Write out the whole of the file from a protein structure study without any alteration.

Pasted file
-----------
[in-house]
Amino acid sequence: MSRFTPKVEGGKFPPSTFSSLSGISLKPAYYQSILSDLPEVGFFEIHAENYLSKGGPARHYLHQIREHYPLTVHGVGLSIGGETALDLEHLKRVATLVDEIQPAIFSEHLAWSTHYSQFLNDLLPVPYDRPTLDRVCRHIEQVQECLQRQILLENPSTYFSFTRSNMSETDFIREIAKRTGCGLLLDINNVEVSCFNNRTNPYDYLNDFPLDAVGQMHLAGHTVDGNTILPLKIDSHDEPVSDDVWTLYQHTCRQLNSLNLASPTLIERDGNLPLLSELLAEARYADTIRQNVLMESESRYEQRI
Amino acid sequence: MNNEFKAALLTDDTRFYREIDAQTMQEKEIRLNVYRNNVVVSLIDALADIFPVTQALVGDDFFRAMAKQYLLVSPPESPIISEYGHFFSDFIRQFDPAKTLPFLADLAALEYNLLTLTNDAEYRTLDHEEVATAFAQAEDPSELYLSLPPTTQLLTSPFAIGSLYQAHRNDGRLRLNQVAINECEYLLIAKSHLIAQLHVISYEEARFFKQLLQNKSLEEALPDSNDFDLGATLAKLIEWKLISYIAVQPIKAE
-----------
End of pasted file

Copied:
[in-house]
Amino acid sequence: MSRFTPKVEGGKFPPSTFSSLSGISLKPAYYQSILSDLPEVGFFEIHAENYLSKGGPARHYLHQIREHYPLTVHGVGLSIGGETALDLEHLKRVATLVDEIQPAIFSEHLAWSTHYSQFLNDLLPVPYDRPTLDRVCRHIEQVQECLQRQILLENPSTYFSFTRSNMSETDFIREIAKRTGCGLLLDINNVEVSCFNNRTNPYDYLNDFPLDAVGQMHLAGHTVDGNTILPLKIDSHDEPVSDDVWTLYQHTCRQLNSLNLASPTLIERDGNLPLLSELLAEARYADTIRQNVLMESESRYEQRI
Amino acid sequence: MNNEFKAALLTDDTRFYREIDAQTMQEKEIRLNVYRNNVVVSLIDALADIFPVTQALVGDDFFRAMAKQYLLVSPPESPIISEYGHFFSDFIRQFDPAKTLPFLADLAALEYNLLTLTNDAEYRTLDHEEVATAFAQAEDPSELYLSLPPTTQLLTSPFAIGSLYQAHRNDGRLRLNQVAINECEYLLIAKSHLIAQLHVISYEEARFFKQLLQNKSLEEALPDSNDFDLGATLAKLIEWKLISYIAVQPIKAE